Organisational structures in larger businesses
It would be very misleading to assume that organisations develop a single structure which never changes, or that there is a perfect organisational structure which can best meet the needs of all businesses. The reality of modern business life is that the organisation of the company probably will and should change on a regular basis as it adapts to changes in the marketplace. There are three types of organisational structure appropriate to larger organisations and it is quite likely that within a larger company more than one type will appear:
- A traditional hierarchical structure may be appropriate for the marketing function where confidential or sensitive data is involved, processes are important and a consistency of service is expected.
- A matric structure, which is project-based, may be appropriate for the marketing function. If the market is divided up geographicaaly or by type of customer, sales teams will have different goals. On the other hand, each product within the portfolio could have a dedicated marketing team.
- An informal structure has no obvious 'organisation', although a support system will be in place. This approach may be the best way to operate a research and development fucntion where creativity is very important.
When deciding on the best structures to use within the company, senior executives may take the following factors into consideration:
- If there are a lot of highly skilled, specialised employees, the structure is likely to be less formal than if the makority of employees are semi-skilled or unskilled.
- The business environment will also have an impact on the organisational structure. If the market is very competitive and market conditions are difficult, there will be pressure to reduce costs by streamlining the structure and speeding up the decision-making process and responsiveness of the business to changes in the market.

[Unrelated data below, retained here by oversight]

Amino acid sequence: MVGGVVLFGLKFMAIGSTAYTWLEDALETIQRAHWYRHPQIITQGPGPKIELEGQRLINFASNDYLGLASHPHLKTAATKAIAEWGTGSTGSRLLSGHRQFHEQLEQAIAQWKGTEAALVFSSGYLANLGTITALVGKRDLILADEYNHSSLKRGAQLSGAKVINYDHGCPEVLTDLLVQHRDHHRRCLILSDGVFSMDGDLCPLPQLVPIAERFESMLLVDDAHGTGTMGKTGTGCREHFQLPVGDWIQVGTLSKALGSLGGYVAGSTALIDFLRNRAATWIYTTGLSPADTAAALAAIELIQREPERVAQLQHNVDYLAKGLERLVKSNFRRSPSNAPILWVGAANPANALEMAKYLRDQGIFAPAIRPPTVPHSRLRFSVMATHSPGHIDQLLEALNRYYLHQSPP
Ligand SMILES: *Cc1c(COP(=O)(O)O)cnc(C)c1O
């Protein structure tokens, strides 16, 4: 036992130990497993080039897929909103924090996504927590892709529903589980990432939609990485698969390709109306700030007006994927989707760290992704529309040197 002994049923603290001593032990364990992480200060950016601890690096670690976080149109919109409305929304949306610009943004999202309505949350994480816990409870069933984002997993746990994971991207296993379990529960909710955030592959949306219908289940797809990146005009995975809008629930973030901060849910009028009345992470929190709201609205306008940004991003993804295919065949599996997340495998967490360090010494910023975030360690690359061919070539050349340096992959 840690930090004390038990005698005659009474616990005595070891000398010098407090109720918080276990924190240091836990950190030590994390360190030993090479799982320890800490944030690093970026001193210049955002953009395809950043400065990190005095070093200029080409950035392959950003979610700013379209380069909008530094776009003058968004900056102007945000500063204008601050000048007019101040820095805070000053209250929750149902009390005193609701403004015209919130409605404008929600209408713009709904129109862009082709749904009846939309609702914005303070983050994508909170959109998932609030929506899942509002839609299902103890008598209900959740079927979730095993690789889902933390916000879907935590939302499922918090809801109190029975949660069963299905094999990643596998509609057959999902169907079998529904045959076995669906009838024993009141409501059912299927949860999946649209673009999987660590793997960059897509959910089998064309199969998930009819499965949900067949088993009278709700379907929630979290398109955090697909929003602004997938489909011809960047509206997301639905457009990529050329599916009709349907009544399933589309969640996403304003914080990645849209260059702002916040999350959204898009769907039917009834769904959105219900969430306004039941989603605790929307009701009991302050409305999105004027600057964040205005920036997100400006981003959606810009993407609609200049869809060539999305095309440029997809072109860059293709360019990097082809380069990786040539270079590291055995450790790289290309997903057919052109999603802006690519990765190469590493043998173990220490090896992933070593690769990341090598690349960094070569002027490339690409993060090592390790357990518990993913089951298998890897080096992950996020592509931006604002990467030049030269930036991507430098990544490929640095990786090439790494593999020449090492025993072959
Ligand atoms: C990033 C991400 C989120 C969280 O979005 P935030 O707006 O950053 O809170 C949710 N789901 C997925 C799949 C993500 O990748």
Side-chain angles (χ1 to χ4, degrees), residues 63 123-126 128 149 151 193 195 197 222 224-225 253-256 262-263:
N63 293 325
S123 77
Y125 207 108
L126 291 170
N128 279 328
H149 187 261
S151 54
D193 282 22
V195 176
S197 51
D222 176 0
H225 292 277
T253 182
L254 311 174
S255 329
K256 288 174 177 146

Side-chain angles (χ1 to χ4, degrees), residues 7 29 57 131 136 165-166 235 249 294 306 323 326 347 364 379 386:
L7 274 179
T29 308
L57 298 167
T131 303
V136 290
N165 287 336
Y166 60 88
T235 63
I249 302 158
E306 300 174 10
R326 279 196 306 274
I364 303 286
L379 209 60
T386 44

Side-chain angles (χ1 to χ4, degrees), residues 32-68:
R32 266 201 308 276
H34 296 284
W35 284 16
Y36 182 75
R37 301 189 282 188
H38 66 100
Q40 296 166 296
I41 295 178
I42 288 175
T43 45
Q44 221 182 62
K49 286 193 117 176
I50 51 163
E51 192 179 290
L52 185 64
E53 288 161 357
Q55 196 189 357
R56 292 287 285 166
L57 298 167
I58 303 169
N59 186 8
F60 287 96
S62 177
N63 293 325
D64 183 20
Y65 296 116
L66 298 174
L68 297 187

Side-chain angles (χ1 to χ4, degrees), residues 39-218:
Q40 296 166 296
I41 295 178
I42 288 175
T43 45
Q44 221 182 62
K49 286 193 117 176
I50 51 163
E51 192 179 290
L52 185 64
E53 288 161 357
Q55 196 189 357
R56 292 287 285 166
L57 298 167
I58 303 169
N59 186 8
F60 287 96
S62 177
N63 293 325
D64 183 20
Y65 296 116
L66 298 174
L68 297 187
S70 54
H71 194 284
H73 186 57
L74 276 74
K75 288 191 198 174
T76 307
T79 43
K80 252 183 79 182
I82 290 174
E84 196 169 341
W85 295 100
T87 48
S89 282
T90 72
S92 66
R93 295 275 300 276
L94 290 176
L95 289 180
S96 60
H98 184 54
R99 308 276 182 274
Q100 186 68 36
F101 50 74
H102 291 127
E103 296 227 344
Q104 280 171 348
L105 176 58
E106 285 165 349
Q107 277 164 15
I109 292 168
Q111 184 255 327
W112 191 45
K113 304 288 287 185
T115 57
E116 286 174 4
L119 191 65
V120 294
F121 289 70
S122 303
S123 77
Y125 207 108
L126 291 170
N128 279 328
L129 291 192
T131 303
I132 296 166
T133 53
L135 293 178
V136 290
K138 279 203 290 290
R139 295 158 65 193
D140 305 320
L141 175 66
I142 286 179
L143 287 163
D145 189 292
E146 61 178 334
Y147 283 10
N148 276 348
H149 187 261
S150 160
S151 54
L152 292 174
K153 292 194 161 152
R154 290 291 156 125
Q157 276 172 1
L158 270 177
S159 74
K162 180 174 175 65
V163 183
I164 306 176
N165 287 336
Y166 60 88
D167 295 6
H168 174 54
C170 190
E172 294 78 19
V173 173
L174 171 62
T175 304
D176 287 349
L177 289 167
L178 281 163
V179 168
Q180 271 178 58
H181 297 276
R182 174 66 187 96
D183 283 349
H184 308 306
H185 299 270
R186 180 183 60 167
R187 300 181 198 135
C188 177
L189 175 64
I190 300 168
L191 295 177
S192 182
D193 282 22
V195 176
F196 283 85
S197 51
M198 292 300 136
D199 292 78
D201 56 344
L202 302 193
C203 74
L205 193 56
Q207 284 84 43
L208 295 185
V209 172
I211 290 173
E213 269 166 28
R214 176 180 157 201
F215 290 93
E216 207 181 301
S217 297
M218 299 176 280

- If the company wishes to move away from risk-taking culture as it grows and wishes to become a more established force in the market emphasising quality rather than innovation, then a more formal structure may be introduced.
- The leadership style of the senior executives will affect the structure: those who wish to retain control of decision-making are likely to prefer a tall, hierarchical structure with narrow spans of control. Leaders who prefer a delegate decision-making are more likely to favour a wider span of control or a matric structure.
Impact on competitiveness
However the organisation is structured, its effectiveness will be judged in terms of how efficiently the business performs.
- How quickly are strategic decisions made? If the company is struggling to maintain its makrt share or losing out to rivals in the market, this would suggest that the strategic decision-making is too slow.
- Does the business operate efficiently at minimum cost? The structure of the organisation may be inefficient with unnecessay levels of management. This is particularly relevant where there have been significant advances in technology and tasks can be completed more quickly and efficiently than in the past.
- How effective are the channels of communication within the…